The drama on Capi­tol Hill un­folded amid new ev­i­dence that pub­lic opin­ion was run­ning against the bill: A Quin­nip­iac Univer­sity poll re­leased Thurs­day found that U.S. vot­ers dis­ap­proved of the leg­is­la­tion 56 per­cent to 17 per­cent, with 26 per­cent un­de­cided.

Signs of trou­ble across the Repub­li­can spec­trum were ev­i­dent by mid­day Fri­day, as law­mak­ers streamed onto the House floor for a pro­ce­dural vote.

In one stun­ning de­fec­tion, House Ap­pro­pri­a­tions Com­mit­tee Chair­man Rod­ney Frel­inghuy­sen, R-N.J., an­nounced mid­day that the bill was “un­ac­cept­able” and that changes made late Thurs­day to pla­cate con­ser­va­tives “raise se­ri­ous cov­er­age and cost is­sues.”

He was joined by rankand-file mem­bers such as Rep. David Joyce, R-Ohio, a low-key ap­pro­pri­a­tor, and Rep. Bar­bara Comstock, R-Va., a long­time Ryan ally who rep­re­sents a com­pet­i­tive North­ern Vir­ginia con­gres­sional district.

But the White House and House lead­ers both saw the key bloc as the House Free­dom Cau­cus, a group of roughly three dozen hard­line con­ser­va­tives who made nu­mer­ous de­mands of the bill since Jan­uary — in­clud­ing a flat re­peal of the ACA, a ma­jor re­work­ing of the GOP bill’s tax in­cen­tives and new Med­i­caid re­stric­tions. Most of those de­mands were re­jected, pri­mar­ily due to the po­lit­i­cal re­al­ity of hold­ing a Repub­li­can ma­jor­ity to­gether in sup­port of the bill.

The Free­dom Cau­cus chair­man, Rep. Mark Mead­ows, R-N.C., be­came a cen­tral player in the ne­go­ti­a­tions, how­ever, and the group kept an open line to the White House — par­tic­u­larly with chief strate­gist Stephen Ban­non and Of­fice of Man­age­ment and Bud­get di­rec­tor Mick Mul­vaney, who had been one of its found­ing mem­bers. The group made a fi­nal de­mand this week: The bill had to elim­i­nate a set of ACA in­sur­ance man­dates that, it ar­gued, were a key fac­tor in driv­ing up pre­mi­ums.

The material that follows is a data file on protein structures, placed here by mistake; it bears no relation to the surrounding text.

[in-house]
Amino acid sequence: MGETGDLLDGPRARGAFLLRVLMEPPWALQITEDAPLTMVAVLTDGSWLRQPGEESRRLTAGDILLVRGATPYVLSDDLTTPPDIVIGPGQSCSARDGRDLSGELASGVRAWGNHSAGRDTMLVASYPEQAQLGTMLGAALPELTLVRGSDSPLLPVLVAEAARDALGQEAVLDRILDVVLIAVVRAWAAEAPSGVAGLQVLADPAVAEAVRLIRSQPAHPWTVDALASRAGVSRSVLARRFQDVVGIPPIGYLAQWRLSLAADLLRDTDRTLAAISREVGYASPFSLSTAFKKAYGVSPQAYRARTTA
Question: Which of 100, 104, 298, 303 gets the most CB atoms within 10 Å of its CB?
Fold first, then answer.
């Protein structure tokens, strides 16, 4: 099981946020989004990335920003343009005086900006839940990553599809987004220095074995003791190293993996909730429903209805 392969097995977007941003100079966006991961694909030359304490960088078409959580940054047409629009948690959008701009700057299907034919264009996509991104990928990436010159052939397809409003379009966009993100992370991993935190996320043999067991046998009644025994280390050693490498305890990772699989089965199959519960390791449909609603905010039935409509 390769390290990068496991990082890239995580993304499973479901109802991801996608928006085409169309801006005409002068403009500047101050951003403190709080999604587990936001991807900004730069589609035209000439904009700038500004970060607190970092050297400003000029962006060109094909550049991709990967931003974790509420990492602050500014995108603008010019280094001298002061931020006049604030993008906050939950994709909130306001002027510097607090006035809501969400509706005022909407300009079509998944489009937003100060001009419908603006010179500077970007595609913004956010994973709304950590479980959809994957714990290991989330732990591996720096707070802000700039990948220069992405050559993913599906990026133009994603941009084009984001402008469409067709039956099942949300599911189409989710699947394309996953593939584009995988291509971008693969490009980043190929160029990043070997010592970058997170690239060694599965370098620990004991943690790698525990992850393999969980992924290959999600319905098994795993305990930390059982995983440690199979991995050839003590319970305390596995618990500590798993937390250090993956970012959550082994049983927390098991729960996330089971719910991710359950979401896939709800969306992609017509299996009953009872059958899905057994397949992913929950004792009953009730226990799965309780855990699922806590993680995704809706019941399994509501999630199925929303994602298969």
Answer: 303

In a Thurs­day morn­ing White House meet­ing, Trump made what would be his fi­nal of­fer: The bill would gives states the op­tion to elim­i­nate some of the man­dates, 10 “es­sen­tial health ben­e­fits,” but would leave oth­ers in place.

That af­ter­noon, the Free­dom Cau­cus met to re­ject the deal. Hours later, Mul­vaney came to a closed­door House GOP con­fer­ence meet­ing to de­liver a fi­nal ul­ti­ma­tum, say­ing Trump was ready to move on if the bill failed Fri­day. Af­ter­ward, mem­bers lined up at mi­cro­phones to de­liver emo­tional pleas for party unity. Some were veiled cri­tiques of the Free­dom Cau­cus; oth­ers were less veiled.

Dur­ing the mid­day pro­ce­dural vote Fri­day, Ryan asked Mead­ows if his group had changed its stance. It had not, Mead­ows told him - mean­ing as many as 20 hard-lin­ers would op­pose the bill. Twenty-two Repub­li­can no votes would sink the bill, and more than a dozen other mem­bers had an­nounced their op­po­si­tion by Fri­day af­ter­noon.

Ryan left shortly af­ter for the White House to tell Trump the bill would fail.

Mead­ows de­clined to an­swer ques­tions af­ter the bill was pulled on Fri­day. But sev­eral Free­dom Cau­cus mem­bers said they would not be cowed by Ryan or even Trump - a fig­ure most of them had en­thu­si­as­ti­cally sup­ported.

“You know what? I came here to do health care right,” said Rep. Paul Gosar, R-Ariz., who was one of six Repub­li­cans who voted against the pro­ce­dural mea­sure.

“A no vote means we save Don­ald Trump from a Demo­cratic ma­jor­ity in 2019,” said Rep. Louie Gohmert, RTexas.

The de­feat has left the re­main­der of the Repub­li­can gov­ern­ing agenda in Congress in tat­ters. A pro­posed cor­po­rate tax over­haul fa­vored by Trump and Ryan de­pended, in part, on the health-care leg­is­la­tion pro­ceed­ing - cre­at­ing both po­lit­i­cal mo­men­tum and fis­cal space for dra­matic ac­tion

Be­fore the bill was pulled Fri­day, Rep. Bradley Byrne, R-Ala., called it the “first big vote in the pres­i­dency of Don­ald Trump,” one that would be “a state­ment, not just about him and the ad­min­is­tra­tion but about the Repub­li­can Party and where we’re headed.”